Friday, July 30, 2010

How to get motivated

Zombies are motivated for brains like you should be motivated towards your passion in life. Learn from them.

Monkey here:

Today I'm going to talk about drive and motivation. Now some tough-ass type of coaches, gurus, advisers, and other sorts of people might tell you that you either have it or you don't, but that's not really the full story.

Often times, we have the drive, but we just haven't found the endeavor worthy of that drive. Because our society often promotes certain fields and not others (math and hard science over philosophy, art, and social sciences), often times we label others (and get labeled ourselves) as "unmotivated," "lazy," "unfocused." I find that when it comes to calculus, physics, and drawing subject matters that don't interest me, I am unfocused (hello Bejeweled Blitz!), unmotivated ("hmm, maybe I'll scrub the toilet instead of working on this commission") and just plain lazy ("zzzzzzzzzzzzzz"). On the flip side, give me a day off and tell me to draw monsters and octopi and zombies all day? I'll be glued to my Wacom tablet an easy 8-12 hours no sweat.

So to all those people who tell others that they should be focusing on their work more, go shove it. And yes, all you artists out there with unsupportive parents - I really am telling your parents to shove it.

If you've ever heard "you should focus on XYZ" instead of art, where XYZ is something that you have no interest in, then you should make a deal with that person who just told you that. Pick something that they have absolutely no interest in, and tell them if they focus on that, you'll focus on XYZ. After all, fair's fair.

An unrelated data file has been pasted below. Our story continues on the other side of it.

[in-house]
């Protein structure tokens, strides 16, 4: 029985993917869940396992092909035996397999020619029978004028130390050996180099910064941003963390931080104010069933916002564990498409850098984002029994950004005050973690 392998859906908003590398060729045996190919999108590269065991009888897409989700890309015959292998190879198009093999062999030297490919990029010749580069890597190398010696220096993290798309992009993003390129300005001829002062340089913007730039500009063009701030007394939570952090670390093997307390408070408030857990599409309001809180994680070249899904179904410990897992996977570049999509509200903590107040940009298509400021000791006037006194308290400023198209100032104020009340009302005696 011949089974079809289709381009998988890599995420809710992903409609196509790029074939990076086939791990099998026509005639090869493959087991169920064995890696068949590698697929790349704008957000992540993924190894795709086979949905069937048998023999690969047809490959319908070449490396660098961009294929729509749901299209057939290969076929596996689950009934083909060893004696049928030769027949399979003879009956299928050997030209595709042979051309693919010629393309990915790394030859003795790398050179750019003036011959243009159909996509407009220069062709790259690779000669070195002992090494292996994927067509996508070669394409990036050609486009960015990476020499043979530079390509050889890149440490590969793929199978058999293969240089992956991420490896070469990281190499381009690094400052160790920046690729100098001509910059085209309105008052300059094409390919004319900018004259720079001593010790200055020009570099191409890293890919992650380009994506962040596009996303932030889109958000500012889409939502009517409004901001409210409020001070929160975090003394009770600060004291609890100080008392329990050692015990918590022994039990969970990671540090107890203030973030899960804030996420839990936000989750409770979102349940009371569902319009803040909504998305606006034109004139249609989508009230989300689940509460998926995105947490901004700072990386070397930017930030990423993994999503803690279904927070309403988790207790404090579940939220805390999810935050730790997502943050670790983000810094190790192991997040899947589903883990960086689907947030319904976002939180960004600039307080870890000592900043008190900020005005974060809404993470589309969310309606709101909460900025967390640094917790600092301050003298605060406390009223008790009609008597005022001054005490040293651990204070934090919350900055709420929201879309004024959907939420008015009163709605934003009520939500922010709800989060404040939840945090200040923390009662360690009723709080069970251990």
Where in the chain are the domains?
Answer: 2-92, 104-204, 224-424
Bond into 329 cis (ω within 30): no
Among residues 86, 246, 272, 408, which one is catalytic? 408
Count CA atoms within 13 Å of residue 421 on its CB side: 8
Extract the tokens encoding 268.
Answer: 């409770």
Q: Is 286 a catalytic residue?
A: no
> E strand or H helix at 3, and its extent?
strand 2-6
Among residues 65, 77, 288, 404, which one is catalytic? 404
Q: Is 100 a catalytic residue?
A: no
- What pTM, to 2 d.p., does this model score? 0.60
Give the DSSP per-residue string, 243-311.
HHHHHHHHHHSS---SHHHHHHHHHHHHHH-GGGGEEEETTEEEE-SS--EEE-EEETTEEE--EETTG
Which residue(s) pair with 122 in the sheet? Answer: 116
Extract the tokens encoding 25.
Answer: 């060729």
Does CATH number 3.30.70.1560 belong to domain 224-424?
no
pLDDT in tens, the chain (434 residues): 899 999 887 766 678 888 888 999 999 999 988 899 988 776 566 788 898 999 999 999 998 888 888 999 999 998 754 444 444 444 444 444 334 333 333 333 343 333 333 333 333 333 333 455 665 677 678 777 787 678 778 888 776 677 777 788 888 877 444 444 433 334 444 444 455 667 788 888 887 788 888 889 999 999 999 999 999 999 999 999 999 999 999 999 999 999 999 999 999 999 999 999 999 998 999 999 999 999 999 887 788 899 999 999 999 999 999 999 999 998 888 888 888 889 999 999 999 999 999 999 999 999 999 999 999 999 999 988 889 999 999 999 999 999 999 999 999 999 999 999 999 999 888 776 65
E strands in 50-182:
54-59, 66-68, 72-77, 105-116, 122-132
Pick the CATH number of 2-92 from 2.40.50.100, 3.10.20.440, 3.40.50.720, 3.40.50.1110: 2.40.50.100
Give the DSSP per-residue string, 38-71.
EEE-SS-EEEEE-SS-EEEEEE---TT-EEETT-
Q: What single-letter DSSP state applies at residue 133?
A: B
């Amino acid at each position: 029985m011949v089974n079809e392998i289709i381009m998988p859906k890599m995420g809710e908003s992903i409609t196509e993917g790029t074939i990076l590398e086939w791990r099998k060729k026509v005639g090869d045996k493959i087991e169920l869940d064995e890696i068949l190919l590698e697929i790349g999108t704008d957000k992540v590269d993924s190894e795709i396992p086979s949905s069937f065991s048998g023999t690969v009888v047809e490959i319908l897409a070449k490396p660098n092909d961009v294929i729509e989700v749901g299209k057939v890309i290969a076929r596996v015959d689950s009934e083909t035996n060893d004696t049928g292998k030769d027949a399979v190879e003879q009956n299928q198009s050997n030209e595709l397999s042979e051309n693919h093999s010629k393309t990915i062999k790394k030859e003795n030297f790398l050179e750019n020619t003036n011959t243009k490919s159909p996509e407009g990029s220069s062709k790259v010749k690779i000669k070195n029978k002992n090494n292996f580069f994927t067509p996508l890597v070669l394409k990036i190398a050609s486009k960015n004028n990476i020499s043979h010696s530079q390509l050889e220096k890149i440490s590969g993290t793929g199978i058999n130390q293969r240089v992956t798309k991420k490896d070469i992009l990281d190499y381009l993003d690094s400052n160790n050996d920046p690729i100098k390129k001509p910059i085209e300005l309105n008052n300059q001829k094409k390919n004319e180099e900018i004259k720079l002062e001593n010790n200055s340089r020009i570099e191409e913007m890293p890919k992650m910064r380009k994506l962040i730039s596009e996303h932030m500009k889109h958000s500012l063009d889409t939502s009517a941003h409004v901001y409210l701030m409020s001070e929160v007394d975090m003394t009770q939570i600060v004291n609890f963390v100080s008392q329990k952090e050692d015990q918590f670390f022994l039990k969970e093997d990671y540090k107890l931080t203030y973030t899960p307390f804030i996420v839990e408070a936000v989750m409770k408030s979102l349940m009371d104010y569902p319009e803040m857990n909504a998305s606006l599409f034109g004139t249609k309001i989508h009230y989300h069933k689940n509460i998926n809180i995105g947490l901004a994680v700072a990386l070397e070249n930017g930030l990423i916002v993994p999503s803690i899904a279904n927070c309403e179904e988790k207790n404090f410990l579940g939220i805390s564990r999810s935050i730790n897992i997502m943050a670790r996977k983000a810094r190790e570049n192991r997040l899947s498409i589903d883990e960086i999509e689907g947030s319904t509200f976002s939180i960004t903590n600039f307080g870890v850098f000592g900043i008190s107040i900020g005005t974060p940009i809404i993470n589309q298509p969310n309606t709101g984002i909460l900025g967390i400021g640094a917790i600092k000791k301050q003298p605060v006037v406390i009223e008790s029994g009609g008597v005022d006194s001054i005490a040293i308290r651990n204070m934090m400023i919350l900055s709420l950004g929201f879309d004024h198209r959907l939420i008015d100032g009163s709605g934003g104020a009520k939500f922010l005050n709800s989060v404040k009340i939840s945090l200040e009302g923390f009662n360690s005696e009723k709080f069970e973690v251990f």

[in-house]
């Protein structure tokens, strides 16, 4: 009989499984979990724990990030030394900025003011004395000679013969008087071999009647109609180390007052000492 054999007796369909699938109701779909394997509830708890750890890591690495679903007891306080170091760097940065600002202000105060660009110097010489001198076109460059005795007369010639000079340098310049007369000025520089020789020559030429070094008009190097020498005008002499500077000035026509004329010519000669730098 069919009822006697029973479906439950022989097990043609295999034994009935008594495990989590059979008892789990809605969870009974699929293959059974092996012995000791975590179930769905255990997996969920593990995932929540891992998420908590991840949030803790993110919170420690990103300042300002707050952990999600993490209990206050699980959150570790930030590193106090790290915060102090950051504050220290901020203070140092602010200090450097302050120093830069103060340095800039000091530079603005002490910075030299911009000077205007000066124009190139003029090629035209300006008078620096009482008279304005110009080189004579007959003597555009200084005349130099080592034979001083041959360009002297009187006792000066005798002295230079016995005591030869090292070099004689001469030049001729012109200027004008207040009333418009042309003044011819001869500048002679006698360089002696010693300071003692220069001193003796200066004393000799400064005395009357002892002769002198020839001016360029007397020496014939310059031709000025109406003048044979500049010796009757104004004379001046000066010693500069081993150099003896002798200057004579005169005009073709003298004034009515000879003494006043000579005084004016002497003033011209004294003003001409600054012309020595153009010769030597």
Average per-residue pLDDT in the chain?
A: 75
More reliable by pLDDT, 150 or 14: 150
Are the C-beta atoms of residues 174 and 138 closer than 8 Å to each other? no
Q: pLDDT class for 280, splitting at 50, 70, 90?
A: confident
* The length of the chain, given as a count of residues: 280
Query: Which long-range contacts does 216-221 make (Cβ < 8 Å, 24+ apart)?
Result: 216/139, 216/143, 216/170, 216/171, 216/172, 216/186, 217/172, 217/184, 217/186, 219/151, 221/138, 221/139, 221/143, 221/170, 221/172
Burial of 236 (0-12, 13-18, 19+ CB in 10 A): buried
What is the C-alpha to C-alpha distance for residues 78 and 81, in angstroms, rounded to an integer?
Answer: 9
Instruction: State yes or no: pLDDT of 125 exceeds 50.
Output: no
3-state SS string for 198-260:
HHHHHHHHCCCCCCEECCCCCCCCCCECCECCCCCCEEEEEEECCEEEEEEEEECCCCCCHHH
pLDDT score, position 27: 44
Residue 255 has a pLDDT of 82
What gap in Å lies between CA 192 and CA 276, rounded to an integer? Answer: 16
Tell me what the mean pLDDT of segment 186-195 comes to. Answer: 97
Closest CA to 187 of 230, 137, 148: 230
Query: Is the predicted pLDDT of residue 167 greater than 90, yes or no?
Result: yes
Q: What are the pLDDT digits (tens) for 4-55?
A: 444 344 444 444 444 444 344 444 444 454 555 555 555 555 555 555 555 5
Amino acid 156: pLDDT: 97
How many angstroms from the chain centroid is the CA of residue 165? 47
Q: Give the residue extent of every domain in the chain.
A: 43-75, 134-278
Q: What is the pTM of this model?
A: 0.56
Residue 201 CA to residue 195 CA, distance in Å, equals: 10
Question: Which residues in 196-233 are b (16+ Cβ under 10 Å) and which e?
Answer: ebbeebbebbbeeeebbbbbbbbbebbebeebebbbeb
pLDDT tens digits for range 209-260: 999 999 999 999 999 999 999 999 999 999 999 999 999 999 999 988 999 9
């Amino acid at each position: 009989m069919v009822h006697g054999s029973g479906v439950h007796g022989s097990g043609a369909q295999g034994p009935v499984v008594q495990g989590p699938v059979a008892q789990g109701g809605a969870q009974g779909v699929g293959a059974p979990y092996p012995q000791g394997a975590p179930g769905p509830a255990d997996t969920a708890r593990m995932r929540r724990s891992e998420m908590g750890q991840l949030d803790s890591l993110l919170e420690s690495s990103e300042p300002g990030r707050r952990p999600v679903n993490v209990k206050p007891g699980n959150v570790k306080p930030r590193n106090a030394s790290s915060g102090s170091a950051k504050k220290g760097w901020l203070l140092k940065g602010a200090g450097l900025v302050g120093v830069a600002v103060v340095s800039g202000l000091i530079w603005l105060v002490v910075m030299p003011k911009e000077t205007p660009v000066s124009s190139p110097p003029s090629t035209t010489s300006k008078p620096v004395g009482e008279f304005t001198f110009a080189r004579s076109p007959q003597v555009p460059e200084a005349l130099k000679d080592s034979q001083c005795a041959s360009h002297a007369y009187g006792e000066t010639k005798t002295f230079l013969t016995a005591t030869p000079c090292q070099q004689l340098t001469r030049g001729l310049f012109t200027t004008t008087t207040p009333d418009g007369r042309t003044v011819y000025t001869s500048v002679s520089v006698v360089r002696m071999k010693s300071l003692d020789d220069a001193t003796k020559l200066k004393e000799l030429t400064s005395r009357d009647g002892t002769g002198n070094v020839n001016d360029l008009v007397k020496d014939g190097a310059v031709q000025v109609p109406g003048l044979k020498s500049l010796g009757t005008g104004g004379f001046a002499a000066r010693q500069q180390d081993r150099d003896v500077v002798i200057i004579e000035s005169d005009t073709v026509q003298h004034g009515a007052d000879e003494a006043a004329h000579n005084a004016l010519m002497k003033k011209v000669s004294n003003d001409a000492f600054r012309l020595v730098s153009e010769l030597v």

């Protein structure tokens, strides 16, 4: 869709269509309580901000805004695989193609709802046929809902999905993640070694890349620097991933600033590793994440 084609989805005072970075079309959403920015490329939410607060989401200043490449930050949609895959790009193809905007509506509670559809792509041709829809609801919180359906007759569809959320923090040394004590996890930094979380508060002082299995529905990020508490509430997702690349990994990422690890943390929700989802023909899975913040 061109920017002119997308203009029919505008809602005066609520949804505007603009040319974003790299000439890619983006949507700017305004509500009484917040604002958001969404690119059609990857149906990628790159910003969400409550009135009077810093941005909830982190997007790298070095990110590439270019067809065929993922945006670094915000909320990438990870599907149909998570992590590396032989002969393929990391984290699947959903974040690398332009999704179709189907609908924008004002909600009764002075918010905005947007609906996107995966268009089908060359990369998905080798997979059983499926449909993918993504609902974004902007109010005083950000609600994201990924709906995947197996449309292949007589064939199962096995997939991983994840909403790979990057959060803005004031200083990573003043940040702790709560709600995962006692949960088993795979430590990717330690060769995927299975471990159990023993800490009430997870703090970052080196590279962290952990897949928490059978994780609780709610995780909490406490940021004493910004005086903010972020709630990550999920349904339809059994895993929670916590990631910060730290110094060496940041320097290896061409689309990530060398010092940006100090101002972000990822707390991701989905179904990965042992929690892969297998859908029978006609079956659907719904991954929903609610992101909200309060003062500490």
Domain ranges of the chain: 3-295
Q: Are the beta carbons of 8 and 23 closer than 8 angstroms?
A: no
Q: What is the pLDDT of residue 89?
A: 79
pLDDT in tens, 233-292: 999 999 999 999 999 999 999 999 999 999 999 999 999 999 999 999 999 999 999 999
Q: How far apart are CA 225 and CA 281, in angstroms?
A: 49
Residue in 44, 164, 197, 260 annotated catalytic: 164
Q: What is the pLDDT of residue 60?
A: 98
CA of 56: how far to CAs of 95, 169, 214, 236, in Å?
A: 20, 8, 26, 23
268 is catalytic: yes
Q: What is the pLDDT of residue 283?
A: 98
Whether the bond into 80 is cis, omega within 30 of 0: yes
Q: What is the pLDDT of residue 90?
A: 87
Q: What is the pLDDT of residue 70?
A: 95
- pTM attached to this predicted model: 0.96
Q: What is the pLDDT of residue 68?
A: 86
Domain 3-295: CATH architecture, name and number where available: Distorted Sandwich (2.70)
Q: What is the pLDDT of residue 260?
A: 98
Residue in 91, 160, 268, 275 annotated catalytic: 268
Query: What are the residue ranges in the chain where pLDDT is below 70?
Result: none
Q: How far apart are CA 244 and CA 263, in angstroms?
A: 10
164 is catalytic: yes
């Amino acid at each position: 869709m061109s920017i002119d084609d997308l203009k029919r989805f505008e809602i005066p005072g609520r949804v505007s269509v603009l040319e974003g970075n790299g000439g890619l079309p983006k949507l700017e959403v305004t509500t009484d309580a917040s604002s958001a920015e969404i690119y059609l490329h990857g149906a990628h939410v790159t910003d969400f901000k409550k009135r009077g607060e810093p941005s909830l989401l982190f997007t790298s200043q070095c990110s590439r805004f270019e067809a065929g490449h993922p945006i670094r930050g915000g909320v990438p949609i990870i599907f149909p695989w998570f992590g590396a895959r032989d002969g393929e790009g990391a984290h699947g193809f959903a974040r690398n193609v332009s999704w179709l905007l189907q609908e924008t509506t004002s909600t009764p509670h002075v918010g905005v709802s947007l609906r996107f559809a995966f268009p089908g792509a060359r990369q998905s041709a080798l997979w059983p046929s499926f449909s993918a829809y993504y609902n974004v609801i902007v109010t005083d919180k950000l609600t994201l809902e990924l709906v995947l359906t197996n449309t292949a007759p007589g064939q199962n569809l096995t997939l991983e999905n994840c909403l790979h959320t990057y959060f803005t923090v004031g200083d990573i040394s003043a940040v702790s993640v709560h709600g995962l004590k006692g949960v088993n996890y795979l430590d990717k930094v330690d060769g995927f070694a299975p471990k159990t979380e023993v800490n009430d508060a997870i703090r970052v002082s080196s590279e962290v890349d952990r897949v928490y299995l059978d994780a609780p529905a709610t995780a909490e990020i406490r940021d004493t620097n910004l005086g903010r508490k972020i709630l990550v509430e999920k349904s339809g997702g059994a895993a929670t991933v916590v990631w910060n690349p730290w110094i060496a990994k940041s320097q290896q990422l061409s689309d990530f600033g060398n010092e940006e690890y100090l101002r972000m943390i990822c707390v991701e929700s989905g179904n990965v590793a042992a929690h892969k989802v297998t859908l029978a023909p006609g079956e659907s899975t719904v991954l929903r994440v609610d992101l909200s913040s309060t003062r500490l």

The point of all this is that just because someone is not interested in a certain field (like their current job) doesn't mean that they aren't driven - it's just hard to push yourself to do something that you essentially hate. The "trick" is that you have to figure out what you are passionate about and go after that. You have to be specific and not generalize. If you are passionate about art, are you passionate about studying 14th century oil paintings, or are you interested in wheatpasting posters around town? Two very different fields, but both would fall into the general category of "art."

Once you find what you love to do, you'll find that life gets a lot more fun, and "work" doesn't seem so much like work. Maybe you won't be able to land that dream job right away, but once you know the concrete details of your dream job, you'll then be able to start taking concrete actions in order to wean yourself off your current job and move to what you really want to do.

The next step is to take a lesson from zombies and learn to be relentless in your passion. It may hurt, it may take a long time, but in the end, when you're truly delving deep into what you love to do, that's when it's going to be all worth it.

What are you passionate about?

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